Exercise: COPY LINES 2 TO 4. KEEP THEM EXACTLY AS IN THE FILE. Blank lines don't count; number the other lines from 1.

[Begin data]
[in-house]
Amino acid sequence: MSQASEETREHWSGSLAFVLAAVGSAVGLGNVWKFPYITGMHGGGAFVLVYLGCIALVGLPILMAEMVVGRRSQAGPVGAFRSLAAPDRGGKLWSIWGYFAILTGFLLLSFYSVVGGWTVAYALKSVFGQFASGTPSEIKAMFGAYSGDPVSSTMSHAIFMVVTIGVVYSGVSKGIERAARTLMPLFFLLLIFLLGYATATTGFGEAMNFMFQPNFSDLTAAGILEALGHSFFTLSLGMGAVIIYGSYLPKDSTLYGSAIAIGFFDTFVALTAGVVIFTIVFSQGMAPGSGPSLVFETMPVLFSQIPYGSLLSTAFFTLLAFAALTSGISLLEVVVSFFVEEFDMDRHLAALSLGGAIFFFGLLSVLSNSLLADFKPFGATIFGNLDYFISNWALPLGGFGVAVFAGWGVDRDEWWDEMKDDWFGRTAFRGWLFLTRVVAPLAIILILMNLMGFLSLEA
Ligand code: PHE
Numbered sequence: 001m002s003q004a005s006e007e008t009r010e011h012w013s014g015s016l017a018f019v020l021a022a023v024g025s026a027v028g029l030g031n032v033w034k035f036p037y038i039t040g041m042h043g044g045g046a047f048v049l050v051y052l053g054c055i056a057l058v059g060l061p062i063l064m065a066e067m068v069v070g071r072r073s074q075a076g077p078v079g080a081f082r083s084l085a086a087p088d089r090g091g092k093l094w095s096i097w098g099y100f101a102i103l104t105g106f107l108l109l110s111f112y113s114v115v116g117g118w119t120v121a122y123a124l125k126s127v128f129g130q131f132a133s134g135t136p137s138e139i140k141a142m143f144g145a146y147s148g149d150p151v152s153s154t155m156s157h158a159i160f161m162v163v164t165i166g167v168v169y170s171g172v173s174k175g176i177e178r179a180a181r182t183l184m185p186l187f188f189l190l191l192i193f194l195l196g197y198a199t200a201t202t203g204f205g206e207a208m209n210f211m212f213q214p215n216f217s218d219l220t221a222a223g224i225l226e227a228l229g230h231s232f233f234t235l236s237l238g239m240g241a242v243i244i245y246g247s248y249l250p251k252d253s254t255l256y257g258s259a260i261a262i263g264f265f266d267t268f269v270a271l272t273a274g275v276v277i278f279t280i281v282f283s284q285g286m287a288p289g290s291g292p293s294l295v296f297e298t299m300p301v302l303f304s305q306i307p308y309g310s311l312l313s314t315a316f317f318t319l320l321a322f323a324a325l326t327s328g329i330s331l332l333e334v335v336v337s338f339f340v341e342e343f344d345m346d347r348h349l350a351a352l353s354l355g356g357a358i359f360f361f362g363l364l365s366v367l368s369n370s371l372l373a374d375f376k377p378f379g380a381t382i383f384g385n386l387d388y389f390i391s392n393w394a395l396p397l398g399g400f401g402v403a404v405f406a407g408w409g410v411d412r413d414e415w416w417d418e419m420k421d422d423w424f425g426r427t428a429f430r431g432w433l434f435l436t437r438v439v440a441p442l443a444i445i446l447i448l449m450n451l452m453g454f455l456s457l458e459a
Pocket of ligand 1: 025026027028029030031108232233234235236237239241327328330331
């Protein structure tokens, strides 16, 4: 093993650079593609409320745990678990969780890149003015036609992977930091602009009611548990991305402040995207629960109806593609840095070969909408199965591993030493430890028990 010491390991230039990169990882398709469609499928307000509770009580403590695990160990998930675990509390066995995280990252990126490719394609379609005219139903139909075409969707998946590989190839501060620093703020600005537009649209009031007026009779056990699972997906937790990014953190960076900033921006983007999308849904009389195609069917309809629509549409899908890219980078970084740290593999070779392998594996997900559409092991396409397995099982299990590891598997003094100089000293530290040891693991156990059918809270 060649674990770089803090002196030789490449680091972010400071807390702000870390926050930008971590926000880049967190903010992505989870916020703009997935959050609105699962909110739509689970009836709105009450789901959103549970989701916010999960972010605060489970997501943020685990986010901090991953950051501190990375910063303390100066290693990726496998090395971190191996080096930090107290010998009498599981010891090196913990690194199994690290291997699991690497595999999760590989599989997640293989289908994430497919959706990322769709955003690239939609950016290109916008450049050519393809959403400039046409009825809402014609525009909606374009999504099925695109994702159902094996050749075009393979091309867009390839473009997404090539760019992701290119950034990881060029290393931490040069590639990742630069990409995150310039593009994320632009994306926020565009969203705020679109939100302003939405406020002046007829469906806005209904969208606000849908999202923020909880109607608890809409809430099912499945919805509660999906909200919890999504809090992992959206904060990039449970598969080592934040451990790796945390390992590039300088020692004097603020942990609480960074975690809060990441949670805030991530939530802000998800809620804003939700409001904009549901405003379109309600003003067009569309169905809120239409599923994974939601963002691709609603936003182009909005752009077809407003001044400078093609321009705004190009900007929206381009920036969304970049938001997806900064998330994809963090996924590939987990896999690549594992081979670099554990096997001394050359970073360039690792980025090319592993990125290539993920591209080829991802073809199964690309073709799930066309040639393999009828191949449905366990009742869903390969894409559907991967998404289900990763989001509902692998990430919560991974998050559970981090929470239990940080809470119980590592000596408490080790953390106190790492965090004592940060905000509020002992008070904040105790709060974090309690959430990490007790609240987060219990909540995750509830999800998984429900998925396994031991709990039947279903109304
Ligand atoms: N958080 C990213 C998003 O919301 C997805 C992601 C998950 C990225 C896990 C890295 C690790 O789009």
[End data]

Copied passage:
Amino acid sequence: MSQASEETREHWSGSLAFVLAAVGSAVGLGNVWKFPYITGMHGGGAFVLVYLGCIALVGLPILMAEMVVGRRSQAGPVGAFRSLAAPDRGGKLWSIWGYFAILTGFLLLSFYSVVGGWTVAYALKSVFGQFASGTPSEIKAMFGAYSGDPVSSTMSHAIFMVVTIGVVYSGVSKGIERAARTLMPLFFLLLIFLLGYATATTGFGEAMNFMFQPNFSDLTAAGILEALGHSFFTLSLGMGAVIIYGSYLPKDSTLYGSAIAIGFFDTFVALTAGVVIFTIVFSQGMAPGSGPSLVFETMPVLFSQIPYGSLLSTAFFTLLAFAALTSGISLLEVVVSFFVEEFDMDRHLAALSLGGAIFFFGLLSVLSNSLLADFKPFGATIFGNLDYFISNWALPLGGFGVAVFAGWGVDRDEWWDEMKDDWFGRTAFRGWLFLTRVVAPLAIILILMNLMGFLSLEA
Ligand code: PHE
Numbered sequence: 001m002s003q004a005s006e007e008t009r010e011h012w013s014g015s016l017a018f019v020l021a022a023v024g025s026a027v028g029l030g031n032v033w034k035f036p037y038i039t040g041m042h043g044g045g046a047f048v049l050v051y052l053g054c055i056a057l058v059g060l061p062i063l064m065a066e067m068v069v070g071r072r073s074q075a076g077p078v079g080a081f082r083s084l085a086a087p088d089r090g091g092k093l094w095s096i097w098g099y100f101a102i103l104t105g106f107l108l109l110s111f112y113s114v115v116g117g118w119t120v121a122y123a124l125k126s127v128f129g130q131f132a133s134g135t136p137s138e139i140k141a142m143f144g145a146y147s148g149d150p151v152s153s154t155m156s157h158a159i160f161m162v163v164t165i166g167v168v169y170s171g172v173s174k175g176i177e178r179a180a181r182t183l184m185p186l187f188f189l190l191l192i193f194l195l196g197y198a199t200a201t202t203g204f205g206e207a208m209n210f211m212f213q214p215n216f217s218d219l220t221a222a223g224i225l226e227a228l229g230h231s232f233f234t235l236s237l238g239m240g241a242v243i244i245y246g247s248y249l250p251k252d253s254t255l256y257g258s259a260i261a262i263g264f265f266d267t268f269v270a271l272t273a274g275v276v277i278f279t280i281v282f283s284q285g286m287a288p289g290s291g292p293s294l295v296f297e298t299m300p301v302l303f304s305q306i307p308y309g310s311l312l313s314t315a316f317f318t319l320l321a322f323a324a325l326t327s328g329i330s331l332l333e334v335v336v337s338f339f340v341e342e343f344d345m346d347r348h349l350a351a352l353s354l355g356g357a358i359f360f361f362g363l364l365s366v367l368s369n370s371l372l373a374d375f376k377p378f379g380a381t382i383f384g385n386l387d388y389f390i391s392n393w394a395l396p397l398g399g400f401g402v403a404v405f406a407g408w409g410v411d412r413d414e415w416w417d418e419m420k421d422d423w424f425g426r427t428a429f430r431g432w433l434f435l436t437r438v439v440a441p442l443a444i445i446l447i448l449m450n451l452m453g454f455l456s457l458e459a